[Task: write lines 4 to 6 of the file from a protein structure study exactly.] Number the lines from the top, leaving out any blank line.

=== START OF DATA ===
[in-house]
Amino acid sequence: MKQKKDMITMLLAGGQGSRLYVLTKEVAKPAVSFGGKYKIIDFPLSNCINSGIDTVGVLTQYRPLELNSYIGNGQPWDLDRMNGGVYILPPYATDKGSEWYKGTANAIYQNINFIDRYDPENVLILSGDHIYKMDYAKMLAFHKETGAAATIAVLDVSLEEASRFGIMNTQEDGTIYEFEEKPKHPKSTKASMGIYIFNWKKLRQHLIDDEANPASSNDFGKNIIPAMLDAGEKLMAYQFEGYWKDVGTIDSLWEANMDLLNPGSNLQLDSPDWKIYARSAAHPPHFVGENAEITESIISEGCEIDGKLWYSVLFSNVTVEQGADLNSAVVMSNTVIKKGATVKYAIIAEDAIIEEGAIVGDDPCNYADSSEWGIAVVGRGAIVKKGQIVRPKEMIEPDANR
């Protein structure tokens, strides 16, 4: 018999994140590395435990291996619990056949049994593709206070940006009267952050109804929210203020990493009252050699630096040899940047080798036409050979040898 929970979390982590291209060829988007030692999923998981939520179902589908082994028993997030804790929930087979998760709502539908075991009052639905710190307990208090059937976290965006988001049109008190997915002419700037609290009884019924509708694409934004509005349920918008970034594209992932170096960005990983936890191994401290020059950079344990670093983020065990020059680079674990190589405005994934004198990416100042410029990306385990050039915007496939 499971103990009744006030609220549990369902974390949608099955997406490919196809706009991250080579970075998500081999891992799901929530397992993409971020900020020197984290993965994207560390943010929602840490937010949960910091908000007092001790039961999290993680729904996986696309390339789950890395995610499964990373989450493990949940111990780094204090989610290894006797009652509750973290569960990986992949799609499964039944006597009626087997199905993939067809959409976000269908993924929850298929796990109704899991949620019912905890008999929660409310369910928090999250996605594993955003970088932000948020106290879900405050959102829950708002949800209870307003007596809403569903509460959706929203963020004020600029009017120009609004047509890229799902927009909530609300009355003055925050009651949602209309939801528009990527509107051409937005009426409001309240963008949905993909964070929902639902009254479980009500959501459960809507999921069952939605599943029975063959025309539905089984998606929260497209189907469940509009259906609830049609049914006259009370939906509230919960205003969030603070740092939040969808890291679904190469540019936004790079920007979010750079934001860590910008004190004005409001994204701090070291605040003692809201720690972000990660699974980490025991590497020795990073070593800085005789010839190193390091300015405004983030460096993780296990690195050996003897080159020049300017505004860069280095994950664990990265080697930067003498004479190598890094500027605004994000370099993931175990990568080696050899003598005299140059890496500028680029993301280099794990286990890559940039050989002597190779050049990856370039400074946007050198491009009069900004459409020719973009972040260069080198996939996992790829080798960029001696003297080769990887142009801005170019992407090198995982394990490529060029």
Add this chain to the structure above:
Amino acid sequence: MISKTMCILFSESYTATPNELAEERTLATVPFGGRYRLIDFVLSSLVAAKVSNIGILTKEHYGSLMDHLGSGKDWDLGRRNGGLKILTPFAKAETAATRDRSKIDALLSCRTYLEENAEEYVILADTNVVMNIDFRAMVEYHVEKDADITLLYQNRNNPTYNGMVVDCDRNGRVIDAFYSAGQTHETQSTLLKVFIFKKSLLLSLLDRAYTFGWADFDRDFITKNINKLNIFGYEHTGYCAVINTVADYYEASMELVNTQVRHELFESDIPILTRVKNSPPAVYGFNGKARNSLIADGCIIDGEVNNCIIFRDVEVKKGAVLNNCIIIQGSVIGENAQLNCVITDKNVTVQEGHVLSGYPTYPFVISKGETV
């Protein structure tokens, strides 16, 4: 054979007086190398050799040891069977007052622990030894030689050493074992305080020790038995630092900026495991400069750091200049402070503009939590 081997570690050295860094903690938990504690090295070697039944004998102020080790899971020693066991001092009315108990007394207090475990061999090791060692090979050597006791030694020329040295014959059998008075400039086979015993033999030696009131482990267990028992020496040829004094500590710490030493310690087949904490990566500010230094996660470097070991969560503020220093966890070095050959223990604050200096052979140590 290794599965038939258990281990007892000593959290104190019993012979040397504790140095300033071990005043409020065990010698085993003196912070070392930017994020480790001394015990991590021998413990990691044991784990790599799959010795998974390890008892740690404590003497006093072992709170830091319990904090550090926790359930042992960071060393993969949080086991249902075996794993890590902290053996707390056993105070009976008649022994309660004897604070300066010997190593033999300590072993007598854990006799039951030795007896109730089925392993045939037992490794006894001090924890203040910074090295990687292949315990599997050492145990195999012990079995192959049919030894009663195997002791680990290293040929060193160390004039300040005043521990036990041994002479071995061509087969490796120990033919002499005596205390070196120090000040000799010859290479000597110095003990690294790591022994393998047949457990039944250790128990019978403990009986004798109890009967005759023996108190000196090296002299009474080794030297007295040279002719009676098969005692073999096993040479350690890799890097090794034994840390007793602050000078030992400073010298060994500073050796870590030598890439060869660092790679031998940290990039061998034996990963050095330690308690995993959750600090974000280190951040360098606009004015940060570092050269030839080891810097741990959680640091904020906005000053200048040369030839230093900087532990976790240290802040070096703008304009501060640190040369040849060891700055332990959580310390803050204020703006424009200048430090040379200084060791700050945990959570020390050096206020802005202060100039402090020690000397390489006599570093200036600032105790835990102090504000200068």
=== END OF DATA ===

Add this chain to the structure above:
Amino acid sequence: MISKTMCILFSESYTATPNELAEERTLATVPFGGRYRLIDFVLSSLVAAKVSNIGILTKEHYGSLMDHLGSGKDWDLGRRNGGLKILTPFAKAETAATRDRSKIDALLSCRTYLEENAEEYVILADTNVVMNIDFRAMVEYHVEKDADITLLYQNRNNPTYNGMVVDCDRNGRVIDAFYSAGQTHETQSTLLKVFIFKKSLLLSLLDRAYTFGWADFDRDFITKNINKLNIFGYEHTGYCAVINTVADYYEASMELVNTQVRHELFESDIPILTRVKNSPPAVYGFNGKARNSLIADGCIIDGEVNNCIIFRDVEVKKGAVLNNCIIIQGSVIGENAQLNCVITDKNVTVQEGHVLSGYPTYPFVISKGETV
């Protein structure tokens, strides 16, 4: 054979007086190398050799040891069977007052622990030894030689050493074992305080020790038995630092900026495991400069750091200049402070503009939590 081997570690050295860094903690938990504690090295070697039944004998102020080790899971020693066991001092009315108990007394207090475990061999090791060692090979050597006791030694020329040295014959059998008075400039086979015993033999030696009131482990267990028992020496040829004094500590710490030493310690087949904490990566500010230094996660470097070991969560503020220093966890070095050959223990604050200096052979140590 290794599965038939258990281990007892000593959290104190019993012979040397504790140095300033071990005043409020065990010698085993003196912070070392930017994020480790001394015990991590021998413990990691044991784990790599799959010795998974390890008892740690404590003497006093072992709170830091319990904090550090926790359930042992960071060393993969949080086991249902075996794993890590902290053996707390056993105070009976008649022994309660004897604070300066010997190593033999300590072993007598854990006799039951030795007896109730089925392993045939037992490794006894001090924890203040910074090295990687292949315990599997050492145990195999012990079995192959049919030894009663195997002791680990290293040929060193160390004039300040005043521990036990041994002479071995061509087969490796120990033919002499005596205390070196120090000040000799010859290479000597110095003990690294790591022994393998047949457990039944250790128990019978403990009986004798109890009967005759023996108190000196090296002299009474080794030297007295040279002719009676098969005692073999096993040479350690890799890097090794034994840390007793602050000078030992400073010298060994500073050796870590030598890439060869660092790679031998940290990039061998034996990963050095330690308690995993959750600090974000280190951040360098606009004015940060570092050269030839080891810097741990959680640091904020906005000053200048040369030839230093900087532990976790240290802040070096703008304009501060640190040369040849060891700055332990959580310390803050204020703006424009200048430090040379200084060791700050945990959570020390050096206020802005202060100039402090020690000397390489006599570093200036600032105790835990102090504000200068």